The University of Louisiana at Monroe

POLS 2010 – Honors Political Science (Fall, 2013) – 3 credit hours
12:30 – 1:45 P.M. (Tuesday & Thursday)
Dr. Joshua Stockley (preferred)
Phone: 342-3216
Stubbs Hall, Rm. 106

Office Hours:
7:30–12:00 MW
12:00-12:30 TR
And by appointment

Students now arrive at the university ignorant and cynical about our political heritage, lacking the
wherewithal to be either inspired by it or seriously critical of it.
Allen Bloom, The Closing of the American Mind
Course Description: This course provides a survey of the concept of politics, the importance of power,
and the organization of government. This includes an overview of the historical significance and
provisions of the constitutions, rights and liberties, legislative branch, judicial branch, executive branch,
political parties, interest groups, media, policies, and popular culture. The objective of the course is to
lay the proper foundation for informed citizenship and more specialized study in political science.
Course Description (plain English version): We have a government, but few of us know what kind. We
have branches of government, but few of us know their powers and responsibilities. We have political
parties and interest groups, but few of us join. We have a media, but few of us really pay attention to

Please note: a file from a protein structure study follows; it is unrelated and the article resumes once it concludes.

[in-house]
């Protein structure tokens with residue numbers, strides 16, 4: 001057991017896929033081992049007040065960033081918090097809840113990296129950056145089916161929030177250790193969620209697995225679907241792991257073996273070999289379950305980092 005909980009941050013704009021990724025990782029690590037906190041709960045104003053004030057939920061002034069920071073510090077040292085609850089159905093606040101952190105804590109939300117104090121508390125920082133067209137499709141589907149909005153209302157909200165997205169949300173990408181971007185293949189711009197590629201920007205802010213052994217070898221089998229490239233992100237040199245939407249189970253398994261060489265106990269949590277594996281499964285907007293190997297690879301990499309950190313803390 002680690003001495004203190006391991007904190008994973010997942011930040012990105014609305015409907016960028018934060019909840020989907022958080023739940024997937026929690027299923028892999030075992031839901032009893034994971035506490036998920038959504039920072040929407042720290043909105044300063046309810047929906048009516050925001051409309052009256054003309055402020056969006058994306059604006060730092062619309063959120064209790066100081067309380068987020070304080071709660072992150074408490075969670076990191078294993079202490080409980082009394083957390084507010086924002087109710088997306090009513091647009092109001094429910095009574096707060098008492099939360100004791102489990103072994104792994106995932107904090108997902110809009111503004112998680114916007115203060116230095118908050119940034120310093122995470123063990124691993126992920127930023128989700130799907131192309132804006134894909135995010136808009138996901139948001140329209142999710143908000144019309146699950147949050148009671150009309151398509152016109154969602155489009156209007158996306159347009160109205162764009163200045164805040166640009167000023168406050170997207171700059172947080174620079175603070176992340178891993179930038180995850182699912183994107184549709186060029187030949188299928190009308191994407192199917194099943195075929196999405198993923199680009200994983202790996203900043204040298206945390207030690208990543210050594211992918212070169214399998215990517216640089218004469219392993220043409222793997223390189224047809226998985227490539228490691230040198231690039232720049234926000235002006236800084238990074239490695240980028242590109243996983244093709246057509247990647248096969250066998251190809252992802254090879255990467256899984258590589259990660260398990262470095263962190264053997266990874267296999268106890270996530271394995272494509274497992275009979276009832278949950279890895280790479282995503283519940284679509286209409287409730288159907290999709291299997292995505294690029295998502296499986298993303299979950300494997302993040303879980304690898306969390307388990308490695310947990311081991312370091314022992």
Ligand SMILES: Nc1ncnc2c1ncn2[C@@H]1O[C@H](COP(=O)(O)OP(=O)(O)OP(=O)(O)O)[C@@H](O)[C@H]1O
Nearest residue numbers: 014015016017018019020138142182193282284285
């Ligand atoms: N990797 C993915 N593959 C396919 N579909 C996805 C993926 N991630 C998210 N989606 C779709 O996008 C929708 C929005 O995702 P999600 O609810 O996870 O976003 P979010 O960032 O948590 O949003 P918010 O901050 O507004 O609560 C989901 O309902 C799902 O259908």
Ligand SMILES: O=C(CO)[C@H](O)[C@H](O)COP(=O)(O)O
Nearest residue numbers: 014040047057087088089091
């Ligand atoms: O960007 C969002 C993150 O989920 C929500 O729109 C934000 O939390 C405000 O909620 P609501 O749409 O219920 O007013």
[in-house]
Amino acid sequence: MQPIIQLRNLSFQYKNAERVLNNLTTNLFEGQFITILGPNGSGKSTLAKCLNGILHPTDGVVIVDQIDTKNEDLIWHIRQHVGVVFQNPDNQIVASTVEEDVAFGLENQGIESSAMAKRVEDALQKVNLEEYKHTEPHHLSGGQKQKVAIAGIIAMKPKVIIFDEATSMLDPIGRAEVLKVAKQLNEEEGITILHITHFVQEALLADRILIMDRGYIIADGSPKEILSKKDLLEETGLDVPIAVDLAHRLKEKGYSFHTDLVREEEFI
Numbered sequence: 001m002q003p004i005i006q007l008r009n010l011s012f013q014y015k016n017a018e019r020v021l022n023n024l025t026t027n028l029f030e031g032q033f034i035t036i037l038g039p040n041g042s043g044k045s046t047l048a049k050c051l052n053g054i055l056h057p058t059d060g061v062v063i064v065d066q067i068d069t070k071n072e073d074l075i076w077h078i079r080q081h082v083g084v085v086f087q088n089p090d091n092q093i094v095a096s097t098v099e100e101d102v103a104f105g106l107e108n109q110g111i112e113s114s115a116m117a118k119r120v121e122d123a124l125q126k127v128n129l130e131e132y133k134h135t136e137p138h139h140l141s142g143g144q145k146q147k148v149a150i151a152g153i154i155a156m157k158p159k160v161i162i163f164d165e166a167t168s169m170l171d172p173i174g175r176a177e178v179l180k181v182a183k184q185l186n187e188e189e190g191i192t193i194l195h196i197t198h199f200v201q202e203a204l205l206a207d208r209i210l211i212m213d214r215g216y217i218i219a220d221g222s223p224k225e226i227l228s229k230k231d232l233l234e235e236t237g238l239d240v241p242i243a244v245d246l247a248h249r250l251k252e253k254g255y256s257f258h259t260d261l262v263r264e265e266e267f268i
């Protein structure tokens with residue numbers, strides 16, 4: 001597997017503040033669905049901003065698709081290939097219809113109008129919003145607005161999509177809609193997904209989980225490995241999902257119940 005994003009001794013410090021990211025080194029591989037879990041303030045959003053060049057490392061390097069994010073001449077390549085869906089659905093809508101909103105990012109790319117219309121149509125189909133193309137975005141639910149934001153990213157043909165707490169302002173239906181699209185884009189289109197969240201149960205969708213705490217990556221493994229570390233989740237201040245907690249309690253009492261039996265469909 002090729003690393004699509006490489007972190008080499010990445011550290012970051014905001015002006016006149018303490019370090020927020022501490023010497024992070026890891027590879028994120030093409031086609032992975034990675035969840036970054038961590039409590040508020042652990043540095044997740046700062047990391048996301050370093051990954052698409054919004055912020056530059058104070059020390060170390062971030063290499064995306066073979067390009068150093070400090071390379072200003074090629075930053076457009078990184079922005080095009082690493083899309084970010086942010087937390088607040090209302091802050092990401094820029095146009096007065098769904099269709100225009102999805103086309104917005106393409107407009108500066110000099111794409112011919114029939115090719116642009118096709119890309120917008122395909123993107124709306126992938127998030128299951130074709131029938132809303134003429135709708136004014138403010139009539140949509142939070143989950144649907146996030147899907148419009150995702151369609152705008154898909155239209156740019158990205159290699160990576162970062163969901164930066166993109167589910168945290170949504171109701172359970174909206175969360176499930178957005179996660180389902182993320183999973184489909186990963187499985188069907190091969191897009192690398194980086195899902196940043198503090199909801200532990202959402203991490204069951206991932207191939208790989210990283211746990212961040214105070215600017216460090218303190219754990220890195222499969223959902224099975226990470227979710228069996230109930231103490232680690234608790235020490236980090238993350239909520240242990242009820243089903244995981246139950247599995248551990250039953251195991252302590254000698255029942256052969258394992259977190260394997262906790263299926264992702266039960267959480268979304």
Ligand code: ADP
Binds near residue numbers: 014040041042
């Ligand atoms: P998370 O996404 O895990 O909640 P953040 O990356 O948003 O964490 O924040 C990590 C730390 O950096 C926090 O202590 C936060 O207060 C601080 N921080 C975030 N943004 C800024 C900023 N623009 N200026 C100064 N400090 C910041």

what they are saying. We have civil rights and civil liberties, but few of us know what they. We the
people are supposed to be in charge and hold government accountable, but few of us vote. I hope to
change this.
Course Prerequisite: None.
Course Objectives and Outcomes: At the end of the course, students should be able to:
1. Describe the structure and mechanics of governments;
2. Identify the extent that actions of governments are determined by the preferences of a majority
or minority and, in the cases that they are not set by the majority, identify how policy
preferences are determined;
3. Describe the impact of policies on various groups in society, especially groups defined by
gender, race, class, and culture;
4. Discuss contemporary policy problems facing society;
5. Read, think, write, and speak at an intellectual level appropriate to upper-level university
Course Topics: The structures and functions of government; relationship between intermediary
institutions and citizens; trends and implications of policy.
Instructional Methods and Activities: This class will be taught primarily in a traditional lecture method;
however, students will be expected to keep abreast of current political developments and be prepared
to discuss these topics during class discussions. Students are expected to read all materials and
complete scheduled assignments before coming to class. All course documents and resources, including
this syllabus, can be found on Moodle.

Texts: None
Course Requirements: In computing grades, the requirements will be weighted as following:
Midterm Exam:
Final Exam:
Participation & Current Events:
Class Presentation:


Grading: Categories are as follows: A=90-100, B=80-89, C=70-79, D=60-69, F=0-59.
Midterm Exam: The exams will have short answer and essay questions based upon the materials
presented both in class and in assigned readings. On many occasions, the lecture will focus on ideas and
issues not covered in the readings; so, it will be important to attend the lectures. Make-up exams are
given only in cases of serious illness or death in the family, verified by a written note from appropriate